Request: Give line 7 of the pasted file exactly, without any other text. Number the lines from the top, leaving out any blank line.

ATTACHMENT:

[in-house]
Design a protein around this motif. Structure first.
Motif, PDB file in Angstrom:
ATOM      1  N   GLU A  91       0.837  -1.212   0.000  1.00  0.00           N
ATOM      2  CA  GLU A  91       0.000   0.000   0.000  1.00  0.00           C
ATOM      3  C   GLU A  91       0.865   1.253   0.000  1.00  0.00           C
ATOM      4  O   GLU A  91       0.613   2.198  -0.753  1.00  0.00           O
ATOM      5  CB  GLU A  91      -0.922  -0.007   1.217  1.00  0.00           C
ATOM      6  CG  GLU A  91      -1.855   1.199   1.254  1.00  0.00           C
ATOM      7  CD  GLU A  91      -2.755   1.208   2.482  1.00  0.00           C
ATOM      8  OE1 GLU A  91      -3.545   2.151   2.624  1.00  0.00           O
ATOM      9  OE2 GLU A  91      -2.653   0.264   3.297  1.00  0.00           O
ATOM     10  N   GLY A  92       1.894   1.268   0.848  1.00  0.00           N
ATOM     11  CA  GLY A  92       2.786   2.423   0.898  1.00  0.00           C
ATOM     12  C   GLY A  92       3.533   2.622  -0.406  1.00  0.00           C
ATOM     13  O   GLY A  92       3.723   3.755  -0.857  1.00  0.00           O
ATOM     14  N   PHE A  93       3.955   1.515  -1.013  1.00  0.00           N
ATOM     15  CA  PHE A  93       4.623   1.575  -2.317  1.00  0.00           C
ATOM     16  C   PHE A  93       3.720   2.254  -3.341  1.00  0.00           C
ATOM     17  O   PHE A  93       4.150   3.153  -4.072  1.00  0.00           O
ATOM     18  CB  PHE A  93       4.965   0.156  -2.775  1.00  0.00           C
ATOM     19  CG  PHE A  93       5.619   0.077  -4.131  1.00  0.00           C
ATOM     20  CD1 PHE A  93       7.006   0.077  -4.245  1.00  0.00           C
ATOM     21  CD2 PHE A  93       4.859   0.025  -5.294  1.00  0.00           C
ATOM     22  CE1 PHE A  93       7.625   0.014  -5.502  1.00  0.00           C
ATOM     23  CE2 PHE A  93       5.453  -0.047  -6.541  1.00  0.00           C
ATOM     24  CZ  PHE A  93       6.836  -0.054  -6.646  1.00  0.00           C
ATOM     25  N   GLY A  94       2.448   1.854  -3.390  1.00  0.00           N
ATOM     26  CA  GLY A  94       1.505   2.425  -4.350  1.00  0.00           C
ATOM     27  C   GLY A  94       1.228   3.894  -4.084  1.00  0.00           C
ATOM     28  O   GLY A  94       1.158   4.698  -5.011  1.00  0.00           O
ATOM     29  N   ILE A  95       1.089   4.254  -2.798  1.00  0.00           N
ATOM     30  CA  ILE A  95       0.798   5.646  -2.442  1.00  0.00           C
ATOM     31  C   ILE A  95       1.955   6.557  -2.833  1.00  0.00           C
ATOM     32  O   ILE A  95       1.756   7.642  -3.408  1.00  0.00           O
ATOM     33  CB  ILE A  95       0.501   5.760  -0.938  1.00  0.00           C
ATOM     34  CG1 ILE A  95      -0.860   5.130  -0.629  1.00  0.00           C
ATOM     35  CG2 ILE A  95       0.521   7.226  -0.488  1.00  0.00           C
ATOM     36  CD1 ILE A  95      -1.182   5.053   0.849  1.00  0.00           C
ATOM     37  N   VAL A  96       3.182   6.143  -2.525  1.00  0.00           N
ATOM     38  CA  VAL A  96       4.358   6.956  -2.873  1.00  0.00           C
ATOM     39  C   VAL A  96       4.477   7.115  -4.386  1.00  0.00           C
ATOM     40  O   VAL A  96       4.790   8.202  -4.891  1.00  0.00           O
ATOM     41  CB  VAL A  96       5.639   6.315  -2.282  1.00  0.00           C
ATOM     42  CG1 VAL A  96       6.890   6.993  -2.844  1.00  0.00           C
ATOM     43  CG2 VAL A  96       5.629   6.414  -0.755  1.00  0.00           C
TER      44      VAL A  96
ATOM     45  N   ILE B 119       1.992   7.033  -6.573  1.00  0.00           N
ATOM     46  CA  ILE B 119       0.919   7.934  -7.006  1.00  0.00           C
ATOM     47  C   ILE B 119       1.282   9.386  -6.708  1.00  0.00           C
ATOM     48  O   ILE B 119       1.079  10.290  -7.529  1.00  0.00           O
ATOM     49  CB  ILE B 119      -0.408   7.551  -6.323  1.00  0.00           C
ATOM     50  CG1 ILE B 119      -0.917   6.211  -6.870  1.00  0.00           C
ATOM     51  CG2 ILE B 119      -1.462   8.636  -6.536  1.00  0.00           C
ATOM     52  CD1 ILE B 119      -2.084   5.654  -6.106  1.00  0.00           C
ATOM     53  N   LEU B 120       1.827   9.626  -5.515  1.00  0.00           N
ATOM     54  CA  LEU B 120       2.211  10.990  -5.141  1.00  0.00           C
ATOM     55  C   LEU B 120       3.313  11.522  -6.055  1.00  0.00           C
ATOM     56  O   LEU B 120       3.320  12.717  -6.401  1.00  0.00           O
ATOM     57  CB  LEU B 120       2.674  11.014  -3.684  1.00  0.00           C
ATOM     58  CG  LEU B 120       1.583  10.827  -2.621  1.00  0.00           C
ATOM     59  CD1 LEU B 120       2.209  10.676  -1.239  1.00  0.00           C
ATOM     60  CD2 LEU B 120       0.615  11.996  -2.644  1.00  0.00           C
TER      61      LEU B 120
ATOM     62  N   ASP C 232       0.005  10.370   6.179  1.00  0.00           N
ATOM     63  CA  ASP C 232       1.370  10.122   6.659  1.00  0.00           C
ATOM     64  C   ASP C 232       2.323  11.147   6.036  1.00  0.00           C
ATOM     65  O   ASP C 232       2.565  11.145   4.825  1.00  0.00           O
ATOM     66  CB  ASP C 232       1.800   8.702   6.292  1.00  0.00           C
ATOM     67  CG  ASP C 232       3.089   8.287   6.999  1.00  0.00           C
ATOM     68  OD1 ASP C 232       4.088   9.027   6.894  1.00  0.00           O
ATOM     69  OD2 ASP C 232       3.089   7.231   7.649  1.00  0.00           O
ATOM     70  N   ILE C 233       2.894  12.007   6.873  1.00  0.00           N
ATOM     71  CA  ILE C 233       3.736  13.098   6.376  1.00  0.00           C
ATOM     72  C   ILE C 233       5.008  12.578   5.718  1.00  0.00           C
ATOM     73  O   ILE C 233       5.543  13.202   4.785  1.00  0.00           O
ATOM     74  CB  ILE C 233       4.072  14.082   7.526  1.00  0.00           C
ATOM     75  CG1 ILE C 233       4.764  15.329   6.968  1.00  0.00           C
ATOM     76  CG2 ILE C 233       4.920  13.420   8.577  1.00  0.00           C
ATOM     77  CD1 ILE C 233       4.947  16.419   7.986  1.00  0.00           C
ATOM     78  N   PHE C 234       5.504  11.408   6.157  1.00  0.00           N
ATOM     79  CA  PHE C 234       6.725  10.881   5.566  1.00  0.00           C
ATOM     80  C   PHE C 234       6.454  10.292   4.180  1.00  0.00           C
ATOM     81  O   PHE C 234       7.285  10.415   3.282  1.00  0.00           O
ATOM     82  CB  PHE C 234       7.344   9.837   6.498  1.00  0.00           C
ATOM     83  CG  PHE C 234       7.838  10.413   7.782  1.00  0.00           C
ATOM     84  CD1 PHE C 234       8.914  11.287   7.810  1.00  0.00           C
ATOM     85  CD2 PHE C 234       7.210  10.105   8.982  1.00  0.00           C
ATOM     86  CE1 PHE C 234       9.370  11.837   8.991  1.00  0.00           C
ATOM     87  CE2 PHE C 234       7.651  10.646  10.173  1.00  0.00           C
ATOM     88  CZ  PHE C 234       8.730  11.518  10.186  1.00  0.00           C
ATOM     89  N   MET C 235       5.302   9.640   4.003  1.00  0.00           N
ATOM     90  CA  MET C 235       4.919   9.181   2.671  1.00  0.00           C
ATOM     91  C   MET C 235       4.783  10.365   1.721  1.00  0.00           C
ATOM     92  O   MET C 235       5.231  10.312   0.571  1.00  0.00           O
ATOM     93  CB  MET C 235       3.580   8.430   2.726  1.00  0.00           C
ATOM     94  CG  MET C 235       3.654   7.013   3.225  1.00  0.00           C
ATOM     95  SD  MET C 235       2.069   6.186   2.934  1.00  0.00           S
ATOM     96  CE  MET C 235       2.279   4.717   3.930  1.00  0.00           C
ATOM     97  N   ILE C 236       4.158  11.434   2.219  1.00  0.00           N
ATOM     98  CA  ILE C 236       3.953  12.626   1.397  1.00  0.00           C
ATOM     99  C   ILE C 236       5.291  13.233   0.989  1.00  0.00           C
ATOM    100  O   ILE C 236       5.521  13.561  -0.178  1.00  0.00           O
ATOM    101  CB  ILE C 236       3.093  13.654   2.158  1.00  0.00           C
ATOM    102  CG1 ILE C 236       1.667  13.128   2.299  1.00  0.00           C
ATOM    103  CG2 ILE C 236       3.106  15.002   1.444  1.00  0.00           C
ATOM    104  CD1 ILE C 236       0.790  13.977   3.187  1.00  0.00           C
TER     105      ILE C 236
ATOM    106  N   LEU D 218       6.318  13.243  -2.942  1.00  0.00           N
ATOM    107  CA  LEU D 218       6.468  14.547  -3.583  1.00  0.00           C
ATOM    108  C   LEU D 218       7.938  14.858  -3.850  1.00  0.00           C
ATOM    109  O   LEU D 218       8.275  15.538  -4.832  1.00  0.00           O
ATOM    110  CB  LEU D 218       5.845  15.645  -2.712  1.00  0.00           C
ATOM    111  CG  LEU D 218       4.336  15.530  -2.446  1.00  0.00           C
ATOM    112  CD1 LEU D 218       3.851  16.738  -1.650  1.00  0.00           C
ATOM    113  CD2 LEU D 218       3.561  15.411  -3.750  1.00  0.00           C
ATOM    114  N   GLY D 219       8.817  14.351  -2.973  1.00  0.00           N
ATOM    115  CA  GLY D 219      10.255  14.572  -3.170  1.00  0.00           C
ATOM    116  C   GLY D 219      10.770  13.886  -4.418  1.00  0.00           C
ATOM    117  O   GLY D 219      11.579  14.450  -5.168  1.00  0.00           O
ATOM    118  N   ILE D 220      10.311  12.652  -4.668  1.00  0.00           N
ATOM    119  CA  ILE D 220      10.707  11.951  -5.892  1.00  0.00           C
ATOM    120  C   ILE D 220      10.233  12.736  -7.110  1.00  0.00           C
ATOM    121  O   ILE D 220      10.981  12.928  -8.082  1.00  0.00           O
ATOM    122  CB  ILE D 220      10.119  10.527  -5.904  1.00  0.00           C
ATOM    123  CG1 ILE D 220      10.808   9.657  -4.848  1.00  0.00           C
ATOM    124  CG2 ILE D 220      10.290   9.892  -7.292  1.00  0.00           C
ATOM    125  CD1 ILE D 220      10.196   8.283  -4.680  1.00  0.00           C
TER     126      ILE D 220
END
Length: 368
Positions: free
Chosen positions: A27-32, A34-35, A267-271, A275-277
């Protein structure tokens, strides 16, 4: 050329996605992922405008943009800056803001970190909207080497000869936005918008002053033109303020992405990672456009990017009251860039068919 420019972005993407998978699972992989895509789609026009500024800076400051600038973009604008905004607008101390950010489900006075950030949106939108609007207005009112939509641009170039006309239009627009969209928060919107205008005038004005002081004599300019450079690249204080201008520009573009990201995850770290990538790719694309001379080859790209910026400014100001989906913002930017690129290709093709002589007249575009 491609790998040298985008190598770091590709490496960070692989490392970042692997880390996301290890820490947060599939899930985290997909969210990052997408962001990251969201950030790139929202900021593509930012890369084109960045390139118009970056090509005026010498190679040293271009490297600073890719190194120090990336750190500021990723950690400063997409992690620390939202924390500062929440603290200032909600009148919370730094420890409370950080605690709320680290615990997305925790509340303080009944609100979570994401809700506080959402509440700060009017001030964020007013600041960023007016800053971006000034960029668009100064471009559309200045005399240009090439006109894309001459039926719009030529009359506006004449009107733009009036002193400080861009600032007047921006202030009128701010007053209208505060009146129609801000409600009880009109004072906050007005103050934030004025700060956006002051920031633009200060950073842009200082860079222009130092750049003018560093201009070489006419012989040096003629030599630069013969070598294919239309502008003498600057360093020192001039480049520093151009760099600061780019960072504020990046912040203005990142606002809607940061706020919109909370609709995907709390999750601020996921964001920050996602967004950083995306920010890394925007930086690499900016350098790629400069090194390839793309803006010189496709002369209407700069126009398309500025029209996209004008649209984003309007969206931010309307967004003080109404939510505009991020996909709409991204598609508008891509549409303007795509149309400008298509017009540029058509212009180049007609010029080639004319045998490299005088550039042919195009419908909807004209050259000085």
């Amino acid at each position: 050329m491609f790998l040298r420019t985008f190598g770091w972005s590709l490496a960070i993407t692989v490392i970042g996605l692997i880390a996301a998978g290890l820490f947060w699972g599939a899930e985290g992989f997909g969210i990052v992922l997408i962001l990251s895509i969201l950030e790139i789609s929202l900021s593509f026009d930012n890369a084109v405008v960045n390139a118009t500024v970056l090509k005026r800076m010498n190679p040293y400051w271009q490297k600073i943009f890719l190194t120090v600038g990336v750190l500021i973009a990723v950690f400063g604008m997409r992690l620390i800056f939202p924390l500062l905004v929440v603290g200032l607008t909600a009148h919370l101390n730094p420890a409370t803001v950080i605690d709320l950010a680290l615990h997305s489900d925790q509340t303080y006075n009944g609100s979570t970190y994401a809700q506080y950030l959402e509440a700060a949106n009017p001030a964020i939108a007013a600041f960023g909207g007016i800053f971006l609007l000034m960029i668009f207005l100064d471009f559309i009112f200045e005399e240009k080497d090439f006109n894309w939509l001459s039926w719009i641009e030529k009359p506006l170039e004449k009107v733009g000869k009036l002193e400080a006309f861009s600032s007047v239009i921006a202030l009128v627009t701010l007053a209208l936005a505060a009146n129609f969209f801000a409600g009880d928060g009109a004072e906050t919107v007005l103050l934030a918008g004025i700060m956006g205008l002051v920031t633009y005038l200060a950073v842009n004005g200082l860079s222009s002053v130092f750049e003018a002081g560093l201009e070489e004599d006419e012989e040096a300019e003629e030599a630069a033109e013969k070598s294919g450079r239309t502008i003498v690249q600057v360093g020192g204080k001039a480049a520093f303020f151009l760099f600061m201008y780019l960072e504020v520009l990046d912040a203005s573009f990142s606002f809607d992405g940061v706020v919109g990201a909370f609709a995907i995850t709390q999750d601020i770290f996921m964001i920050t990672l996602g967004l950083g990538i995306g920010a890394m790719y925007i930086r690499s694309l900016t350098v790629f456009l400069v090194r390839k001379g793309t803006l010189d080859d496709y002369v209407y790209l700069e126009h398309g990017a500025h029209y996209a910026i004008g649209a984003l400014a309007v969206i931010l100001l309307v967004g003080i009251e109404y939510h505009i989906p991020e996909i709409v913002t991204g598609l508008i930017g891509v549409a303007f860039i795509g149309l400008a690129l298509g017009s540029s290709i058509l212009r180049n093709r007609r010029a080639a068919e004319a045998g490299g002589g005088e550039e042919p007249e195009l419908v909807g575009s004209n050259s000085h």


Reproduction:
ATOM      4  O   GLU A  91       0.613   2.198  -0.753  1.00  0.00           O